"These results are in line with years past when we have had a very weak first quarters followed by more normal second quarters," said Mark Fleming, Chief Economist with First American. "The quarter-over-quarter jump isn't a signal of rebounding, but is simply a return to more normal rates of growth. The 2.3 percent rate for the second quarter is probably in line with where we will land at the end of the year—2.3 percent for 2015."
The Q2 increase in real GDP reflected "positive contributions from personal consumption expenditures (PCE), exports, state and local government spending, and residential fixed investment that were partly offset by negative contributions from federal government spending, private inventory investment, and nonresidential fixed investment," according to the BEA report. Meanwhile, imports, which are a subtraction when GDP is calculated, increased in Q2.
"The good news in this release comes from two basic observations," said Robert Denk, Assistant VP for Forecasting and Analysis at the National Association of Home Builders (NAHB), on the NAHB's Eye on Housing blog. "First, economic activity rebounded in the second quarter after a weather-induced (less than previously estimated) pause in the first quarter, with PCE growth offsetting a slowdown in investment. And second, while revised lower in 2012 and 2013, PCE was revised higher in 2014, and is accelerating so far in 2015, showing a stronger growth trajectory over the last several years."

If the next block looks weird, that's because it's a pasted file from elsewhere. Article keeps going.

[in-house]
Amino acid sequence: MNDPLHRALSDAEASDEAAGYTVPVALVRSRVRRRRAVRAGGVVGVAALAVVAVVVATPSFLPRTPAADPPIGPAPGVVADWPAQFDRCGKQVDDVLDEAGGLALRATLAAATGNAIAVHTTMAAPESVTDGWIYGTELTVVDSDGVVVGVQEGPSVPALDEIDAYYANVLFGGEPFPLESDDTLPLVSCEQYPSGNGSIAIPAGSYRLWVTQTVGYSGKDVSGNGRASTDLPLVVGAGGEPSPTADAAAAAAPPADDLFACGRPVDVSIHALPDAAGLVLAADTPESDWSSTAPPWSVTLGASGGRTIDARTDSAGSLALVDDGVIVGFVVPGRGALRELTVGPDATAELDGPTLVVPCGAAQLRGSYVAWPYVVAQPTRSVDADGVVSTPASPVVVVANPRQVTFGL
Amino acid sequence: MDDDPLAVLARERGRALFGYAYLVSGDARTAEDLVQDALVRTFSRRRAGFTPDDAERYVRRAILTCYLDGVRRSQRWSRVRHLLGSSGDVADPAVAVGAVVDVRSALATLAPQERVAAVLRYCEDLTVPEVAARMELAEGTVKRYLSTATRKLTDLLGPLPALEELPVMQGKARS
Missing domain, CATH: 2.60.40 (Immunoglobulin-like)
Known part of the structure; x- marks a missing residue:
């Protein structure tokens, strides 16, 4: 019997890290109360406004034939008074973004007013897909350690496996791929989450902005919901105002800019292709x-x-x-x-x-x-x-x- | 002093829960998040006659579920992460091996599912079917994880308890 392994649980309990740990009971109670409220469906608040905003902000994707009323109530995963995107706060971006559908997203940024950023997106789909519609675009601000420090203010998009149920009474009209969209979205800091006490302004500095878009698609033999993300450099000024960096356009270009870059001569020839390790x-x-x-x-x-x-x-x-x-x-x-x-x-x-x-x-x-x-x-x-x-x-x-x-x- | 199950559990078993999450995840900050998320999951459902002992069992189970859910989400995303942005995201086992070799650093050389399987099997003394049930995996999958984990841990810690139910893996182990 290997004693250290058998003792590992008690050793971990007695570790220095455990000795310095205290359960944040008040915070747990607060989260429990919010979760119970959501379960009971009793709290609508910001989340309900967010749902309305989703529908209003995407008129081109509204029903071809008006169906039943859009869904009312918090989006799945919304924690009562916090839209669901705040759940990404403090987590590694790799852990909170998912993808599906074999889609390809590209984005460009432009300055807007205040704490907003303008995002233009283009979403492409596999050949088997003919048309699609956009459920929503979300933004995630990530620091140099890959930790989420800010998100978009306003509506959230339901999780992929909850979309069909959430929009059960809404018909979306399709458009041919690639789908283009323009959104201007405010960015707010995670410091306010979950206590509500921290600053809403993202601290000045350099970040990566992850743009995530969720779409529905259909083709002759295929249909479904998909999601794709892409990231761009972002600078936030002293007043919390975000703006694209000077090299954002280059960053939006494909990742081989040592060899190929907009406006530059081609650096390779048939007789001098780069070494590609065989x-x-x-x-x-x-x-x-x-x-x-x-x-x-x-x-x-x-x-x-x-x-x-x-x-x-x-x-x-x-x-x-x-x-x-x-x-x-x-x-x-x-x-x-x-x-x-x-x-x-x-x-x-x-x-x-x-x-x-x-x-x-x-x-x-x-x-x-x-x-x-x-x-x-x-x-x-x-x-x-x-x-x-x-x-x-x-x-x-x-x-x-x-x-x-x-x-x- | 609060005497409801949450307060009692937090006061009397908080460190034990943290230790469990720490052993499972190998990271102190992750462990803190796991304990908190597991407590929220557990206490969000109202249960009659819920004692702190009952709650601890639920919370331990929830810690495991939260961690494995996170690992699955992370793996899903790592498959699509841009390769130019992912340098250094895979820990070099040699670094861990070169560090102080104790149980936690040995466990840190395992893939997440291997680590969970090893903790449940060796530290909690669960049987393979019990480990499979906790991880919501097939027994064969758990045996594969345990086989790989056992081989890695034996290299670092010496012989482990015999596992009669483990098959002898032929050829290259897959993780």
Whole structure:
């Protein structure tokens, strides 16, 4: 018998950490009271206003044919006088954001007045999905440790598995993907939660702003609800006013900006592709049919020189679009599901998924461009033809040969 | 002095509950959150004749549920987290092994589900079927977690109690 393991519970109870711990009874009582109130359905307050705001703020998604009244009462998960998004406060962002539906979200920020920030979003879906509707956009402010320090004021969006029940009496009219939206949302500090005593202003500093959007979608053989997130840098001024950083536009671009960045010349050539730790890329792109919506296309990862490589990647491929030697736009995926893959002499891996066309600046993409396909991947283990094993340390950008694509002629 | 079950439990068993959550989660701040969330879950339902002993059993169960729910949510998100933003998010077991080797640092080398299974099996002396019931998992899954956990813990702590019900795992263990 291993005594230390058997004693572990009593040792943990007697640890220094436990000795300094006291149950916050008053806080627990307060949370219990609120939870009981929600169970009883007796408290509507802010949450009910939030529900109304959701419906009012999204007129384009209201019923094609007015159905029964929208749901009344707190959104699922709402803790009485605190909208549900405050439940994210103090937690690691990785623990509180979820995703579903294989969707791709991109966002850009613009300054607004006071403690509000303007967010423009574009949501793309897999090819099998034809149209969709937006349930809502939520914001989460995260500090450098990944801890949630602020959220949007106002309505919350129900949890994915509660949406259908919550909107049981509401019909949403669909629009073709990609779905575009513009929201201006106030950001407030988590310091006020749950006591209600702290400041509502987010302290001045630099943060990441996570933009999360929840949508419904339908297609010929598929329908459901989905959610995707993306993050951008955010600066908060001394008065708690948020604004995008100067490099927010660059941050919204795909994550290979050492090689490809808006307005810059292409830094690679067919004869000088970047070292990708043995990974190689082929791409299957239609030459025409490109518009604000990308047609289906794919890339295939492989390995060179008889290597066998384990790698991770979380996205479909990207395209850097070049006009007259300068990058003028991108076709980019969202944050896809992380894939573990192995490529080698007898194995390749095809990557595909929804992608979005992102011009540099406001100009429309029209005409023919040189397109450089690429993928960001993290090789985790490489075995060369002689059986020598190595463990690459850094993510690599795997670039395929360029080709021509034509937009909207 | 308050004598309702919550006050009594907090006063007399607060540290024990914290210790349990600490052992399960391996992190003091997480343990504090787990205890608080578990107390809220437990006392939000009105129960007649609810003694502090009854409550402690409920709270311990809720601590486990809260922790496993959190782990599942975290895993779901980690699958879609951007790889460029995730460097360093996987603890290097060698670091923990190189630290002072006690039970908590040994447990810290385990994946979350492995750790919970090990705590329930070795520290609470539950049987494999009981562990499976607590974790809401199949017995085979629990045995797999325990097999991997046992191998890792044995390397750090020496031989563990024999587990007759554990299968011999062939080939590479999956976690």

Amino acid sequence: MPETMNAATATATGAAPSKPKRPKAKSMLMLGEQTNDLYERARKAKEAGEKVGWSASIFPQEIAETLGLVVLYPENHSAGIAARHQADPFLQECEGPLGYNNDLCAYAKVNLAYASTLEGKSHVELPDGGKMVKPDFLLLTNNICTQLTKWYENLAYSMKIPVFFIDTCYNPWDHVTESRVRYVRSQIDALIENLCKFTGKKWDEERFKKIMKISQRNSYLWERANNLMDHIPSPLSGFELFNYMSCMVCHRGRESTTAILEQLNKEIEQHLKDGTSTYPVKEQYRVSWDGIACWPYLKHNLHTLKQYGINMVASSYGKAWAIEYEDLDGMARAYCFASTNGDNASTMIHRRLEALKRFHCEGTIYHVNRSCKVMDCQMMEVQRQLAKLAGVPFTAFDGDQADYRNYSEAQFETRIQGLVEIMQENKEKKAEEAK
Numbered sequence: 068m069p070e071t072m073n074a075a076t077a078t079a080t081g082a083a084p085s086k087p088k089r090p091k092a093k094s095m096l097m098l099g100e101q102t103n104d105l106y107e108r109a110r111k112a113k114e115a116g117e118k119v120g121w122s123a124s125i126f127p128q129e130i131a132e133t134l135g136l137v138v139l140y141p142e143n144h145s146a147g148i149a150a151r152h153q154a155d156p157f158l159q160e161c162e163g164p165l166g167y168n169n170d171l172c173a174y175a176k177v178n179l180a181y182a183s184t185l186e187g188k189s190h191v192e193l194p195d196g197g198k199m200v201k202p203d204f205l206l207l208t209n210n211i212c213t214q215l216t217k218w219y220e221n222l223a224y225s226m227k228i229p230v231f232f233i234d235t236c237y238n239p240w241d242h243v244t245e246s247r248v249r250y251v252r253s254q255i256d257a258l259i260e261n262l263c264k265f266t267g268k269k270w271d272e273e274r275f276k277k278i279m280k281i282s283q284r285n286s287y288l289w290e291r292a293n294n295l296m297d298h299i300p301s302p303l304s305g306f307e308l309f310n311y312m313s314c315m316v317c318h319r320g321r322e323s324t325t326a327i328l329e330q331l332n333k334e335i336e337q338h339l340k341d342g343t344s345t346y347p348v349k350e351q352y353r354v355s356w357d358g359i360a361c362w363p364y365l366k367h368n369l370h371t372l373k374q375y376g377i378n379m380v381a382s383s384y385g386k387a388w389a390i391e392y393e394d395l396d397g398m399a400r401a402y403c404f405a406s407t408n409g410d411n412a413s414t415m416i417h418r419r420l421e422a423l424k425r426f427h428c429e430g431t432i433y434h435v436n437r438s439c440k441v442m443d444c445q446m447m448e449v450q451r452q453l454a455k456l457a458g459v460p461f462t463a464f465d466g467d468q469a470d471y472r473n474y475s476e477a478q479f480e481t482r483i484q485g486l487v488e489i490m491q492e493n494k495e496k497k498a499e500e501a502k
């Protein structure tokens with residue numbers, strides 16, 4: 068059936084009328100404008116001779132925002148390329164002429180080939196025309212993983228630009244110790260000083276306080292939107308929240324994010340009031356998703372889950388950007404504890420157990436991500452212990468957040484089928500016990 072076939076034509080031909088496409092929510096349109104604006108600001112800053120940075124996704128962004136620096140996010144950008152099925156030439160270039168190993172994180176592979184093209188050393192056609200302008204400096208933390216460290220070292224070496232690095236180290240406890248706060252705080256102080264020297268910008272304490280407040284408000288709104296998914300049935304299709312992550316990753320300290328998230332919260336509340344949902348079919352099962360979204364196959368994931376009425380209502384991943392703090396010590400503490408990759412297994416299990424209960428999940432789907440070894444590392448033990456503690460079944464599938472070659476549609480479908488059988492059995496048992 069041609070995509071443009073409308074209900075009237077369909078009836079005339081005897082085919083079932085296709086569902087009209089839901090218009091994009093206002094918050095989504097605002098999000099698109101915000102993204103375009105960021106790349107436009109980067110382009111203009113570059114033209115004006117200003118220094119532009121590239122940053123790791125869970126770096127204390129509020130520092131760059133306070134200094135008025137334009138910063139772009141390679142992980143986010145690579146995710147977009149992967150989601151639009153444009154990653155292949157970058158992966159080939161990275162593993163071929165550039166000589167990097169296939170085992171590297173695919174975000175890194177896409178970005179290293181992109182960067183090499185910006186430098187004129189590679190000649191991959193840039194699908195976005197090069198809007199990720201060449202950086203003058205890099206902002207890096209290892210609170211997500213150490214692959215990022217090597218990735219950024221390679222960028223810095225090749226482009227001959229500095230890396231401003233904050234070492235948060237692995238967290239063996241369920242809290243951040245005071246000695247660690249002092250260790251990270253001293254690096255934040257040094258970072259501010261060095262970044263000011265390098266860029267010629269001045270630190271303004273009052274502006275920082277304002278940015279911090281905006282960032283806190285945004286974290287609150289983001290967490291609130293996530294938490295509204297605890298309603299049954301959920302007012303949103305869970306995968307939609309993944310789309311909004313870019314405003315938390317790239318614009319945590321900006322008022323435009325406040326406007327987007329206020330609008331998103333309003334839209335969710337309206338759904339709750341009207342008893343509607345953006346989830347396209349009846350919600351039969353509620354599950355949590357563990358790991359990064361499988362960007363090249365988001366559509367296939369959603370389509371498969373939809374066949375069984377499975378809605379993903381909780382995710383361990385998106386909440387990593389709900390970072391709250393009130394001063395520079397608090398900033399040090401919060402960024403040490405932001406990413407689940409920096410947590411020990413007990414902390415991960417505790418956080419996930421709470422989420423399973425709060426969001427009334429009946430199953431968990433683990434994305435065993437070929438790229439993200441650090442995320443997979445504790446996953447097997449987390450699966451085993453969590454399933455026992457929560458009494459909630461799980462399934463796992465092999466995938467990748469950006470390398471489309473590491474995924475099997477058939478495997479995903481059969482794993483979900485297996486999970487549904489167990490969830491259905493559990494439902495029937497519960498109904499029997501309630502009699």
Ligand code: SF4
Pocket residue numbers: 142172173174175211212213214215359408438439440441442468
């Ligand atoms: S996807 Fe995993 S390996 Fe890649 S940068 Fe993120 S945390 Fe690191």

Also on Thursday, the BEA released annual revisions of real GDP growth for each year dating back to 2012. The BEA found that real GDP increased at the average annual rate of 2.0 percent from 2011 to 2014, revised downwardly from previously published reports of 2.3 percent real GDP growth for that period. From Q2 2011 to Q1 2015, real GDP growth was revised to an annual rate of 2.0 percent, down from the previously reported rate of 2.2 percent for that period, according to the BEA.
Real GDP growth for 2012 was revised downwardly by 0.1 percent down to 2.2 percent; for 2013, it was revised downwardly by 0.7 percentage points down to 1.5 percent; and for 2014, it was unchanged at 2.4 percent. The primary cause for the downward revisions was PCEs and government spending.
The advance Q2 estimate is based on source data that are incomplete and subject to further revision, according to the BEA. The BEA will release the second estimate for Q2, based on more complete data, on August 27.
Justin Lee Thayer is Lane counties expert in market analysis for real estate investors. Call Justin @ 541-543-7287